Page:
Growing Support for Teachers at Home and Abroad
Outside the Mexican Embassy in London
In support of the struggle that thousands of members of the National Coordinator of Education Workers (CNTE) carry on, and following the most recent repressive actions against them by federal forces on June 19 last in the Oaxaca State, many civil society organizations expressed their solidarity with the teachers, demanding a peaceful solution to the conflict from the state and federal governments.
In Chiapas, Believing People parishes called a pilgrimage on June 20 in Tuxtla Gutierrez. They showed their support for the teachers and repudiated the violent acts that occurred in Nochixtlán, Oaxaca, which left a toll of at least 11 people dead in altercations with the police. In a statement they explained that, “with such events we cannot remain on the sidelines, as a church we will always be on the side of the oppressed and we will raise our prophetic voice. The reforms are the expression of a new ‘Porfiariato’. We must struggle, we shouldn’t be conformists or slaves.” Father Marcelo from Simojovel parish extended an invitation to a mega-pilgrimage in support of the teachers for July 1 next with around thirteen parishes from the diocese of San Cristobal.
Another show of support and solidarity came from the Zapatista Army of National Liberation (EZLN). In a communiqué titled “Notes on the War Against the Teachers in Resistance (The Hour of the Police 3)”, they noted that, “There are more and more families helping the teachers, donating support for their trips and marches, becoming anxious when they are attacked, offering food, drink, and refuge.” They also pointed out the lack of educational arguments of the Secretary for Education, Aurelio Nuño Mayer, and the violence employed in repression of the mobilizations. Later, together with the National Indigenous Congress (CNI), they published another communiqué. Titled “FROM THE STORM”, both organizations expressed their repudiation of “the repressive escalation with which they intend to impose throughout the country the neoliberal capitalist reform that they call ‘educational’”. They highlighted that the resistance movement against this reform has become a mirror for more and more people, demanding an end to repression against the teachers in struggle and the immediate and unconditional release of “ALL political prisoners.” Their communiqué closed with an invitation to “all those peoples of the countryside and the cities to be attentive and sympathetic to the teachers’ struggle, to organize ourselves autonomously to be informed and alert facing this storm which falls on all.”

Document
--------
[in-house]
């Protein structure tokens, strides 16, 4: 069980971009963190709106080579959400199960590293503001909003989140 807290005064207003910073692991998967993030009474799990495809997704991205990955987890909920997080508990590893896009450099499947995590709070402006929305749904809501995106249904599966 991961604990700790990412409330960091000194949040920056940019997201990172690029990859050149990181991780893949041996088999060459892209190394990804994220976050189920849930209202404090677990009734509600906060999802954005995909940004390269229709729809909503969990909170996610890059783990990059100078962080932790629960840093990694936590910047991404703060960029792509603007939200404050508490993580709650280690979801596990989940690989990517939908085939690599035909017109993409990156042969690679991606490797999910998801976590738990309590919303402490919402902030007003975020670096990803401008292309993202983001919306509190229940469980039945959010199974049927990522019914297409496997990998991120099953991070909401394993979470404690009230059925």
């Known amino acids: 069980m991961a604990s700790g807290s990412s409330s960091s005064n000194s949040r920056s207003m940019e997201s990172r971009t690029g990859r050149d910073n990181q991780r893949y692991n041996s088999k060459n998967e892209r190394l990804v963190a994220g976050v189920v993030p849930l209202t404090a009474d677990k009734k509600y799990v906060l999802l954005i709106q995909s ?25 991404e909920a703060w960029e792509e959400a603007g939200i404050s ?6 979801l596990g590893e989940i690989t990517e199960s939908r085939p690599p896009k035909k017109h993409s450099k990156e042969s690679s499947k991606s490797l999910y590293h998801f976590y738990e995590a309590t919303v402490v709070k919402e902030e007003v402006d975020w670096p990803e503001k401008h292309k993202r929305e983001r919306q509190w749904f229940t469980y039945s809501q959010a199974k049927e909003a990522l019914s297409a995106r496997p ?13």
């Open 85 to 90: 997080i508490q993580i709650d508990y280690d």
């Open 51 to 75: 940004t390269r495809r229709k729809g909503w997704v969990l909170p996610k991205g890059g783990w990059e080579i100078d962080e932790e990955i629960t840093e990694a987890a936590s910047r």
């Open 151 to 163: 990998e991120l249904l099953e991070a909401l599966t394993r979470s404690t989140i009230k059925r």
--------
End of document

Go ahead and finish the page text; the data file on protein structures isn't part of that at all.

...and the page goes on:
On a national level, Peace Brigades International (PBI) expressed their concern to state and federal authorities and the diplomatic corps over the deterioration of the situation. In a public announcement on June 20, they urged the Mexican authorities to respect the right to protest, to favour dialogue with the teachers and guarantee the integrity of teachers and defenders. On another note, in many states civil society, students, families and health workers are joining the mobilizations. Among others, in Oaxaca de Juarez, Oaxaca State, the artistic community organized a cultural event called “Cultural Barricade”, in which hundreds of artists from Mexico and other parts of the world participated on June 20, raising their voices to repudiate the repression.
On an international level, Amnesty International reminded the authorities that they have an obligation to control public order and take measures to prevent, investigate and sanction those responsible for acts of violence. Due to the events of recent days, the National Commission for Human Rights (CNDH) reinforced its presence in Oaxaca as well as in Tabasco, Chiapas, Guerrero and Michoacan, states which have also witnessed similar conflicts. The Inter-American Commission for Human Rights (CIDH) strongly condemned the serious acts of violence reported in Oaxaca State and called on the State to promote a process of dialogue in the framework of educational reform that allows the search for a solution in the context of a democratic society with full respect for human rights. Apart from the organizations mentioned, there were many actions on the part of civil society. Some examples are sit-ins and vigils organized in several cities in France, Spain, Germany, the United Kingdom, Ecuador, Argentina, and Brazil, among others, in rejection of the repressive events in Mexico.
It is worth mentioning that on July 22 there were negotiations between the CNTE and the Interior Secretary. According to the CNTE, this dialogue, obtained thanks to the broad popular mobilization, did not result in concrete agreements but they were able to table three themes: “repeal of the badly named educational reform; a route for the transformation of education; and measures for the distention and revision of the consequences of the imposition of the administrative labour reform.” A second round of dialogue is expected next week. It is also noteworthy that the 23 people arrested in Nochixtlan have been released.